18. When you have the option to take a number of different classes for a given requirement, look through ratemyprofessor and the different class codes to see what will present the best, easiest, and most intelligent experience for yourself.
19. Your education does not stop at college. This is a place to focus on your abilities, it is not the end all.
20. Be careful if you have to transfer. Some universities accept credits that others do not.
21. Joining the military and then going to college is a smart idea as the GI bills usually pay for a good portion of college, and the discipline in military usually makes for savvy students.
22. Try meeting people that are unlike yourself. Get involved with the international student programs.
23. Study abroad or take an internship for a semester. Step away from your family and friends that you have built, and do something that challenges you, and maybe even gives you a break from school. Traveling around the world broadens your perspective and can make you a better, more equipped student.
25. Do make study groups. Do not make study groups that are just social groups.
26. Make flash cards that you can keep beyond your school career.
27. Keep books that are viable to your interests, especially books that are from your major as this will continue to be a resource for you outside of school.
28. Get into a habit of applying yourself, looking for part time jobs, looking for volunteer work, doing taxes, etc.
29. Don't go to class in your pajamas. It may sound like an appealing idea at first, but try to be better dressed than usual -- you are not trying to impress the students around you, you want to set the right image for your professors. Obviously, don't go crazy and start wearing prom dresses to class.
30. Build friendships with professors as these will be people who will write you recommendation letters. Take several classes with the same professors who you enjoy.
31. Be consistent with online classes. Make sure to read the syllabus and stay up to date with all the necessary things you need to do to excel in the class.
32. If you don't understand something, get help. Ask students. Get tutoring. Be active, not sedentary.
33. Take advantage of the recreation centers. Stay fit. Stay healthy.
34. Don't forget to change the oil in your car -- it's an easy thing to forget, and can be quite inconvenient when your car no longer runs.
35. Look for affordable options. If you are getting the same program for half the price, that may be a better deal.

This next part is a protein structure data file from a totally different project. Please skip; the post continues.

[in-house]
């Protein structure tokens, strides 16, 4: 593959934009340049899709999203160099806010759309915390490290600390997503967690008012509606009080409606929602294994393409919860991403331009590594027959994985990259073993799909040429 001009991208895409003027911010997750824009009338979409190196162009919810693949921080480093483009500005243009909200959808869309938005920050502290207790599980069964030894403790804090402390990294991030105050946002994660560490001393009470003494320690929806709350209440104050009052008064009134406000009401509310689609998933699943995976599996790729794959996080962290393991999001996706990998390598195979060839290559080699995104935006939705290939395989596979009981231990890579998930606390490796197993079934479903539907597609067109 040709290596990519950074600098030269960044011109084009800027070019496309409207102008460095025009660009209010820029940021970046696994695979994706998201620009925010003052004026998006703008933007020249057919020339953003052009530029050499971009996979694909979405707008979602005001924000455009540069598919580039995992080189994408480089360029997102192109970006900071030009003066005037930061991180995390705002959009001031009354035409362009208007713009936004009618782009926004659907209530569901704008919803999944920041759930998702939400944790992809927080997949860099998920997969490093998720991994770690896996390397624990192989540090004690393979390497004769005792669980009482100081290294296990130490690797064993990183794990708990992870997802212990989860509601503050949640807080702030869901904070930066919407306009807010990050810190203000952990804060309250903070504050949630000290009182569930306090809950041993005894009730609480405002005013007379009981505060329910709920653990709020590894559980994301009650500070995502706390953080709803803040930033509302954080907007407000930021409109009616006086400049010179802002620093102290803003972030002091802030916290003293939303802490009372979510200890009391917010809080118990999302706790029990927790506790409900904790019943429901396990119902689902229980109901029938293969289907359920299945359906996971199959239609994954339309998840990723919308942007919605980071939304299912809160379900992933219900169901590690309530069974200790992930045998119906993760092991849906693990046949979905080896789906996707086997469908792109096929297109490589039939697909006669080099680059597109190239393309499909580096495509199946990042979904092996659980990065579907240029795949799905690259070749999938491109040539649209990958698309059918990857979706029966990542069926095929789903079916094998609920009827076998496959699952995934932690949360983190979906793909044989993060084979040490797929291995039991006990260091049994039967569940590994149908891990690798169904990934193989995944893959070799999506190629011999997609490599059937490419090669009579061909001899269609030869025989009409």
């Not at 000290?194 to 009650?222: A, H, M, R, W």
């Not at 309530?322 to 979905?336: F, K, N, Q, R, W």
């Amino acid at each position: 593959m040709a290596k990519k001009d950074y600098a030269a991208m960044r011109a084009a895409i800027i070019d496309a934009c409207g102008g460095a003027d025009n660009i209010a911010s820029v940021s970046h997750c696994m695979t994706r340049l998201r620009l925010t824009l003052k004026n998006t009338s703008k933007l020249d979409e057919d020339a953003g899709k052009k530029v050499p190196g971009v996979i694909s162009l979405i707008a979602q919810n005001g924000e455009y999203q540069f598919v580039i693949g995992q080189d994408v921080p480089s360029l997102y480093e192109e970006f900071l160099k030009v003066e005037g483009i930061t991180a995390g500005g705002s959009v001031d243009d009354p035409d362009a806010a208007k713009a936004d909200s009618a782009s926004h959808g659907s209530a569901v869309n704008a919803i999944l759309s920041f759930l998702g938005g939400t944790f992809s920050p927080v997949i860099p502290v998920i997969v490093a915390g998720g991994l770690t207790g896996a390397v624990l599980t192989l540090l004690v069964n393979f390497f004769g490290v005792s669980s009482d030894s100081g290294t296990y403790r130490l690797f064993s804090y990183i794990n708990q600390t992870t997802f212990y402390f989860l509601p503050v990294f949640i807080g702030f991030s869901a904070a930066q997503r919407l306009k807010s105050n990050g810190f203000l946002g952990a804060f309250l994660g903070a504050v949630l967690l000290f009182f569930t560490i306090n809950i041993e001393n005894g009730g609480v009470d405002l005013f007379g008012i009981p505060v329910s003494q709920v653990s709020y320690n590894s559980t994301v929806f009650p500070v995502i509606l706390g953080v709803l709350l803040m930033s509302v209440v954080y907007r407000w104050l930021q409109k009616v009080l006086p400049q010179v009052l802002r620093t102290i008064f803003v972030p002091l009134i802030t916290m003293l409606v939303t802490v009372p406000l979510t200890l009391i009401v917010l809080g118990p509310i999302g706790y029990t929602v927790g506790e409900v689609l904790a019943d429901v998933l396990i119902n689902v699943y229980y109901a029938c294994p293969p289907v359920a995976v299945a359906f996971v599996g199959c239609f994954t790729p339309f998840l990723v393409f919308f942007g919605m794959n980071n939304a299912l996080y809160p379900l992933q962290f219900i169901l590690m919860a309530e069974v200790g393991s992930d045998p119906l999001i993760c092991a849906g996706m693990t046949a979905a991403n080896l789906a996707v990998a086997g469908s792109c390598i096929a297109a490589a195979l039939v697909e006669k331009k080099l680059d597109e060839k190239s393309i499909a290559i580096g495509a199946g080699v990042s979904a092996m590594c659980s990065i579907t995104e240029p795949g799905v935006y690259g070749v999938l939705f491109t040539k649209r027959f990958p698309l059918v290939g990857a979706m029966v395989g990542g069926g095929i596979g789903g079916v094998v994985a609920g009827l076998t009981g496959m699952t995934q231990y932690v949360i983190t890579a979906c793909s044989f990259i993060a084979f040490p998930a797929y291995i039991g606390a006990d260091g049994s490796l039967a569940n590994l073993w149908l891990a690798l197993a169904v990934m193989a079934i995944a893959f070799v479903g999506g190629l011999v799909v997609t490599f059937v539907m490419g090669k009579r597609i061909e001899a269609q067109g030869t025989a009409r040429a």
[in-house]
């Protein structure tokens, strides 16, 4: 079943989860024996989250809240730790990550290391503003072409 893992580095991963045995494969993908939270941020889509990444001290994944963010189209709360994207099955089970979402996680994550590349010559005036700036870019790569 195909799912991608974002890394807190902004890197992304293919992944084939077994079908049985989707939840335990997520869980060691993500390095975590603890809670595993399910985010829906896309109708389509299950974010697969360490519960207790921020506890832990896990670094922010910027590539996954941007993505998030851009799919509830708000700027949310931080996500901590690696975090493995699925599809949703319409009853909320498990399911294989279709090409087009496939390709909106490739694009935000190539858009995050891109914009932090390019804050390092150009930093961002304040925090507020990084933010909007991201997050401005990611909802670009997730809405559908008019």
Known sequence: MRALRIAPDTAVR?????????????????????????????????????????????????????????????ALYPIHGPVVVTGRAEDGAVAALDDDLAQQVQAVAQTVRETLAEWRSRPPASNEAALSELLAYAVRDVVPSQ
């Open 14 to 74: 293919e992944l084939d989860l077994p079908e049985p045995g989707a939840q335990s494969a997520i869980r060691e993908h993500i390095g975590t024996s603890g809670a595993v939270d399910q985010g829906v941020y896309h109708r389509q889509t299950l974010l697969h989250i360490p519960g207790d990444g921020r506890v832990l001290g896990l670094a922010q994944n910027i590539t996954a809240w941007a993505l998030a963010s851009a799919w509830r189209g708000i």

36. Do invite your parents to see your campus. Be on friendly terms with your parents. Even if you have to suck it up, be on good terms with your parents. They may be your roommates after college when you are looking for full time work.
37. Take the time to have a class where you build your own professional resume.
38. Write papers that are close to your passions and were you already have some knowledge. Find the sources first before you start writing. Become knowledgable before you start writing.
39. It's easier to make a good grade on a paper than a test for most people, so take paper writing classes.
40. Do not say negative comments about your professor in the same building as that professor or his or her classroom.
41. Be considerate of your roommates. Be careful not to overstep boundaries with loud music, bad hygiene, excessive dating patterns, being argumentative, etc.
42. Learn to love when to say, "No."
43. Keep your clothes in as good of condition as possible, because you may have the same wardrobe for a very long time.
44. Do laundry. Wash your sheets at least once a month.
45. Don't cry and make a big tantrum to your professor. That's a big no-no.
46. Read the books before class. Engage with the texts. Highlight and underline information that is pertinent. Buy used books that already have important information highlighted and underlined.
47. Spend time in the library. Work on their computers if you do not have one. Always car earbuds around in case you have to jump on a computer and need music to drown out other noise.
48. Carry on you at all times: wallet, student ID, phone, earbuds, and flashdrive.
49. Never drink and drive.
50. Don't go to several parties in a week.
51. Turn your cellphone off when studying. Don't get distracted by texting and phone calls.
52. Setup a savings account.
© 2014 Andrea Lawrence